MEMBRANE MARKERS IN "HISTIOCYTIC" LYMPHOMAS

for poorly differentiated lymphocytic lymphomas (7~ 20), the number of instances in which the origin of the large malignant cells remains unidentified is strikingly high. In view of this negative finding and our present ignorance (in cases in which the cellular origin of the lymphoma is identified) of the maturation stage reached by the large cells along the pathway of differentiation of the B or T line, a new classification of the histiocytic lymphomas appears premature. Further studies leading to reliable data are warranted to achieve this goal. We believe that designations such as "immunoblastic sarcoma" do not really solve the problem, since in most instances they are merely based on morphologic similarities that have been misleading in the past. REFERENCES

(1) RApPAPORT H: Tumors of the hematopoietic systems. In Atlas of Tumor Pathology. Washington, D.C., Armed Forces Inst Pathol, sect III, fasc 8, 1966, P 442 (2) RAPPAPORT H, BRAYLAN RC: Changing concepts in the classification of malignant neoplasms of the hematopoietic system. In International Academy of Pathology Monogr 16: The Reticuloendothelial System (Rebuck DW, Berard CW, Abell MR, eds.). Baltimore, Williams & Wilkins, 1975, pp 1-19 (3) LENNERT K, STEIN H, KAISERLING E: Cytological and functional criteria for the classification of malignant lymphoma. Br J Cancer 31 (suppl 2):29-43, 1975 (4) LUKES RJ, COLLINS RD: New approaches to the classification of the lymphomata. Br J Cancer 31 (suppl 2):1-28, 1975 (5) DORFMAN RF: A newly proposed classification of the nonHodgkin's lymphomas. Lancet 1:1295-1296, 1974 (6) SELIGMANN HS, PREUO'HoMME JL, BROUET JC: Band T cell markers in human proliferative blood disease and primary immunodeficiencies, with special reference to membrane bound immunoglobulins. Transplant Rev 16:85-113, 1973 (7) BROUET JC, LABAUME S, SELIGMANN M: Evaluation of T and B lymphocyte membrane markers in human non-Hodgkin

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(8)

(9)

(10)

(11) (12)

(13) (14)

(15)

(16) (17) (18)

(19) (20)

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malignant lymphomata. Br J Cancer 31 (suppl 2):121-127, 1975 JONOAL M, HOLM G, \VIGZELL H: Surface markers on human T and B lymphocytes. I. A large population of lymphocytes forming nonimmune rosettes with sheep red blood cells. J Exp Med 136:207-215, 1972 BROUET JC, PREUO'HoMME JL, SELIGMANN M: The use of B and T membrane markers in the classification of human leukemias, with special reference to acute lymphoblastic leukemia. Blood Cells 1 :81-90, 1975 STEIN H, LENNERT K, PARWARESCH MR: Malignant lymphomas of B cell type. Lancet 2:855-857, 1972 TAYLOR CR: The nature of Reed-Sternberg cells and other malignant "reticulum" cells. Lancet 2:802-807, 1974 LEECH JH, GLICK AD, WALDRON JA, et al: Malignant lymphomas of follicular center origin in man. I. Immunologic studies. J Natl Cancer Inst 54:11-21,1975 PETER CR, MACKENZIE MR, GLASSY FJ: T or B cell origin of some non-Hodgkin's lymphomas. Lancet 2:686-689, 1974 BRAYLAN RC, JAFFE ES, BERARD CW: Malignant lymphomas: Current classification and new observations (Sommers SC, ed.). In Pathology Annual, 1975. New York, AppletonCentury-Crofts, 1975, pp 213-217 AISENBERG AC, LONG JC: Lymphocyte surface characteristics in malignant lymphoma. Am J Med 58:300-306, 1975 HABESHAW JA, STUART AE: Cell receptor studies on seven cases of diffuse histiocytic malignant lymphoma (reticulum cell sarcoma). J Clin Pathol 28:289-297, 1975 MORRIS MW, DAVEY }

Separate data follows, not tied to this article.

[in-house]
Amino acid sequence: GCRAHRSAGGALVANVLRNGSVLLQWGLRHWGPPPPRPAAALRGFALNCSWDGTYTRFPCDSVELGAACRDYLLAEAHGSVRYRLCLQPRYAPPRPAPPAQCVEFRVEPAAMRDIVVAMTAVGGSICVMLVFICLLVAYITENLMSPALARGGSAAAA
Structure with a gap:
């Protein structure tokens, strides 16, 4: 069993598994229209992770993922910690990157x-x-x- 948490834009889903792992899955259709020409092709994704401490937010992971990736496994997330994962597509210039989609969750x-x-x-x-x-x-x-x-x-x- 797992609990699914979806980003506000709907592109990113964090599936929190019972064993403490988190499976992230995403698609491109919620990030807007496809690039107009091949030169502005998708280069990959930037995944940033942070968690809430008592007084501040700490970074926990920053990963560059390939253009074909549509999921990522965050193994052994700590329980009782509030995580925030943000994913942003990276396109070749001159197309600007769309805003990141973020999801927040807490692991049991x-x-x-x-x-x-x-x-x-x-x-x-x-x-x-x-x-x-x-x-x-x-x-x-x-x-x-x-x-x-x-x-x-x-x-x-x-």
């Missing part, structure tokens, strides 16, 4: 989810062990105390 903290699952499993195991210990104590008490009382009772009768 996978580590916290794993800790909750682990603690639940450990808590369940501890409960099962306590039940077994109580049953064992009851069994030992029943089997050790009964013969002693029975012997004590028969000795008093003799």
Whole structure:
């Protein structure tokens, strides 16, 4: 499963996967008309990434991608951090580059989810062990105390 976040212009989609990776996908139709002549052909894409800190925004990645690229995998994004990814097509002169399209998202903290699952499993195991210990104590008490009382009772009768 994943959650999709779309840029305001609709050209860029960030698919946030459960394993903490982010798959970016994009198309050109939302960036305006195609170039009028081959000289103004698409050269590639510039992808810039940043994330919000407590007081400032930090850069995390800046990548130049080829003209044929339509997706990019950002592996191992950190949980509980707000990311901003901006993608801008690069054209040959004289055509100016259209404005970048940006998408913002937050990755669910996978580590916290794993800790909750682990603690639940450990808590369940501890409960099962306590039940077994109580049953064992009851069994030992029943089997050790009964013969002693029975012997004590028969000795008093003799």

Membrane markers in "histiocytic" lymphomas (reticulum cell sarcomas).

Brief Communication: Membrane Markers in "Histiocytic" Lymphomas (Reticulum Cell Sarcomas) 1, 2 J. c. Brouet,3 J. L. Preud'Homme,3 G. Flandrin,4 N. C...